PROVO — Quarterback James Lark was passionate about BYU when he signed with the Cougars out of Pine View High in 2006.
Four years later, that passion remains.
While Lark was serving a mission in St. Petersburg, Russia, two highly touted QBs decided to join BYU's program — Riley Nelson, a transfer from Utah State, and Jake Heaps, a prep star from Skyline High in Washington.
Of course, Lark found out about those additions to the roster during his time in Russia.
"I had lots of people telling me to transfer. But my heart was here at BYU," Lark said. "I knew I was going to come back to BYU, no matter what. I love the football program, I love everything about BYU. There's no way I was going to leave. I wasn't scared of the competition. I was excited for it."
Lark, a 6-foot-2, 200-pound sophomore, returned from Russia in December and immediately began preparing for the upcoming season.
"I got home and jumped right into it," he said. "The first day back, I was out playing football. Physically, I feel great. I'm stronger than I was before my mission, and I'm 20 pounds lighter. Maybe I'm not quite as fast right now. But the thing that was the hardest was getting my arm going again. I hadn't thrown a football in two years. I have a long ways to go. But every day, it's getting better."
As a freshman at BYU, Lark suffered a serious ankle injury, but recovered before departing for Russia. "It took me a while to get some strength back in my ankle," Lark said. "I was scared it would never come back. But I'm getting stronger."
Quarterbacks coach Brandon Doman has noticed a big difference in Lark since he came back from his mission.
"I'm really impressed that he's as physically ready as he is," Doman said. "He was in St. Petersburg, Russia, and I think that made him grow up faster than he normally would have. He's a grown man now. He has goals, he knows what he wants to accomplish, and he's driven right now. He's 21 years old, almost 22. He brings a lot of maturity."
SAFETY DANCE: BYU coach Bronco Mendenhall said a decision on the starting free safety position won't be decided until fall camp.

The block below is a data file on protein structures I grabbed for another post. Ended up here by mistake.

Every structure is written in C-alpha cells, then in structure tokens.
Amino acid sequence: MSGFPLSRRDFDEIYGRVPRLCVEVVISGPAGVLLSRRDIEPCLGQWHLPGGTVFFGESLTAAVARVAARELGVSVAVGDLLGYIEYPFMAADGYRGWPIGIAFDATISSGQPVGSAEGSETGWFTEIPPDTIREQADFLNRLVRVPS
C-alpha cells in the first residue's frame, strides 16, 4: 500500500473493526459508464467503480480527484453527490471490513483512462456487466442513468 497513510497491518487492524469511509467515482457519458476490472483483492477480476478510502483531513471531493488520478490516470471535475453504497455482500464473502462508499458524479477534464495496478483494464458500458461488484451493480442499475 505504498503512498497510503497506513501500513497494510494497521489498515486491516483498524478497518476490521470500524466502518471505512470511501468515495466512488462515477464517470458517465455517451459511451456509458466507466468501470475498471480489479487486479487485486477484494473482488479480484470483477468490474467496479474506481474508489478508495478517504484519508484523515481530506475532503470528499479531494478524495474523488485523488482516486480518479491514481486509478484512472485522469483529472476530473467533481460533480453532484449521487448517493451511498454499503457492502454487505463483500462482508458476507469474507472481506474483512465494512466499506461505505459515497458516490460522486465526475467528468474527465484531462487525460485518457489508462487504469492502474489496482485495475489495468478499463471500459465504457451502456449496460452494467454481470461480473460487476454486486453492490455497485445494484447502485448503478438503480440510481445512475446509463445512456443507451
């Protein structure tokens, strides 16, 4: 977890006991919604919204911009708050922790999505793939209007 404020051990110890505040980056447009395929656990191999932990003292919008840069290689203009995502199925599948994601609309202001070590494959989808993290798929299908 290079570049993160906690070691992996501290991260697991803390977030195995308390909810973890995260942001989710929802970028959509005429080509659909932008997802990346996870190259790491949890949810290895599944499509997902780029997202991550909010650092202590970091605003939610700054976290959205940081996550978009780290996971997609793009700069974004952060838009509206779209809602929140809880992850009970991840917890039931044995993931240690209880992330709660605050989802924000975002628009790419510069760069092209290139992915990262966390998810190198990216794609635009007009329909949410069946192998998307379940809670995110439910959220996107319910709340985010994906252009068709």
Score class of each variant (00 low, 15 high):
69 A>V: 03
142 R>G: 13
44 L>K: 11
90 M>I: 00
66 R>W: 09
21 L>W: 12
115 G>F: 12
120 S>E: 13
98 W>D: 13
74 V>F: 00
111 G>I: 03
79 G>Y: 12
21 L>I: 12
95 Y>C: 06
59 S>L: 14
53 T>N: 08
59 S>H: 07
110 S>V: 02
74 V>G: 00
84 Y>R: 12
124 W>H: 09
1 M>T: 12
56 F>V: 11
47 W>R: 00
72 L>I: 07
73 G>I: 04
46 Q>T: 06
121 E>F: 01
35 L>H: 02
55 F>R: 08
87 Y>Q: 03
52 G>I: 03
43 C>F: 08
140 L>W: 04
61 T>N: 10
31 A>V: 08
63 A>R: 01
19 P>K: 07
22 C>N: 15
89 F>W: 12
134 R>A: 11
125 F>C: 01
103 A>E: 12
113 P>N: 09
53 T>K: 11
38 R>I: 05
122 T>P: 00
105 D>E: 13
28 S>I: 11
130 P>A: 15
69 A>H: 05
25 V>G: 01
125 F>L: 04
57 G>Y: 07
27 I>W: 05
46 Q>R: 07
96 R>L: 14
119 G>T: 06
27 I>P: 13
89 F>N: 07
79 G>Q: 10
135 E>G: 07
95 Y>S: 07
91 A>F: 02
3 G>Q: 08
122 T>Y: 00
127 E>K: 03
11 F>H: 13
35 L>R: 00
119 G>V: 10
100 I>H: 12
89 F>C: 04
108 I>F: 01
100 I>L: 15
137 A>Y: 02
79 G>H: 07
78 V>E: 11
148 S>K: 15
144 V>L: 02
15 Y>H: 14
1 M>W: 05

The Cougars return senior safety Andrew Rich, but they are looking for a replacement for free safety Scott Johnson, who graduated. Mendenhall is evaluating several candidates and pointed out that Rich could switch to free safety.
For now, the race to become the other starting safety is "dead-even," according to Mendenhall, between junior Steven Thomas, redshirt freshman Jray Galeai and Travis Uale.
"Much like our quarterback situation, each has different strengths, but none at this point has established themselves clearly enough for me to say this is who it's going to be," Mendenhall said. "It's going to take more time."
In the fall, two freshmen who signed with BYU in February — Jordan Johnson and Kori Gaines — will join the competition.
"Most likely we'll play them both at safety," Mendenhall said. "That seems to be a bigger need right now (than cornerback). We'll put them both in the mix and then see how that plays out."
NOT A SNAP: During 11-on-11 drills Wednesday, there were several bad snaps that stalled some drives.
"We've got a little work to do," Mendenhall said. "It just shows how important the center position is. If that position is having a rough day, it's hard for everyone else to play the game."
EXTRA POINTS: Former BYU quarterback John Beck, who's now with the Baltimore Ravens, was among those who watched Wednesday's practice. ... Freshman wide receiver Ross Apo, who underwent shoulder surgery during the winter, participated in non-contact drills for the first time this spring. ... During 11-on-11 drills, Heaps completed 7-of-11 passes for 79 yards. Lark was 2-for-4 for 12 yards, and Nelson was 1-for-3 for zero yards. Tight end Marcus Mathews caught a 21-yard pass from Heaps on a third-and-long situation. ... The Cougars will take the day off today before resuming practice Friday. Saturday marks the end of spring drills, with a practice at LaVell Edwards Stadium at 1 p.m. It is open to the public.
Copyright 2016, Deseret News Publishing Company